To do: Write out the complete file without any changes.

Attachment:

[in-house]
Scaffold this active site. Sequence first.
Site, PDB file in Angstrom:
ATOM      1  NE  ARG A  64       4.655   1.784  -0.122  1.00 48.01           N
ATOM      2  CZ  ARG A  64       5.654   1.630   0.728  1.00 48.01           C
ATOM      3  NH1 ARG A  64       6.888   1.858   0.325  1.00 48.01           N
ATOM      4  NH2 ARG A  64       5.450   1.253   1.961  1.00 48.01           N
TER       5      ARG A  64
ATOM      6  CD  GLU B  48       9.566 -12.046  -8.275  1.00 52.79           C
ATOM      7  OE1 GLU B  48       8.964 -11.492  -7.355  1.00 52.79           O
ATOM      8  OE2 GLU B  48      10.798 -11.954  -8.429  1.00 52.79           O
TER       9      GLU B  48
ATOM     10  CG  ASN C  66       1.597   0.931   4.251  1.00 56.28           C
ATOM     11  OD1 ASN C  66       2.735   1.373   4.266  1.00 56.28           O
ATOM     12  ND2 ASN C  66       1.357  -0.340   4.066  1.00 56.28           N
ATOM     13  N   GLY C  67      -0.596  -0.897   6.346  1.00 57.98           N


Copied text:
[in-house]
Scaffold this active site. Sequence first.
Site, PDB file in Angstrom:
ATOM      1  NE  ARG A  64       4.655   1.784  -0.122  1.00 48.01           N
ATOM      2  CZ  ARG A  64       5.654   1.630   0.728  1.00 48.01           C
ATOM      3  NH1 ARG A  64       6.888   1.858   0.325  1.00 48.01           N
ATOM      4  NH2 ARG A  64       5.450   1.253   1.961  1.00 48.01           N
TER       5      ARG A  64
ATOM      6  CD  GLU B  48       9.566 -12.046  -8.275  1.00 52.79           C
ATOM      7  OE1 GLU B  48       8.964 -11.492  -7.355  1.00 52.79           O
ATOM      8  OE2 GLU B  48      10.798 -11.954  -8.429  1.00 52.79           O
TER       9      GLU B  48
ATOM     10  CG  ASN C  66       1.597   0.931   4.251  1.00 56.28           C
ATOM     11  OD1 ASN C  66       2.735   1.373   4.266  1.00 56.28           O
ATOM     12  ND2 ASN C  66       1.357  -0.340   4.066  1.00 56.28           N
ATOM     13  N   GLY C  67      -0.596  -0.897   6.346  1.00 57.98           N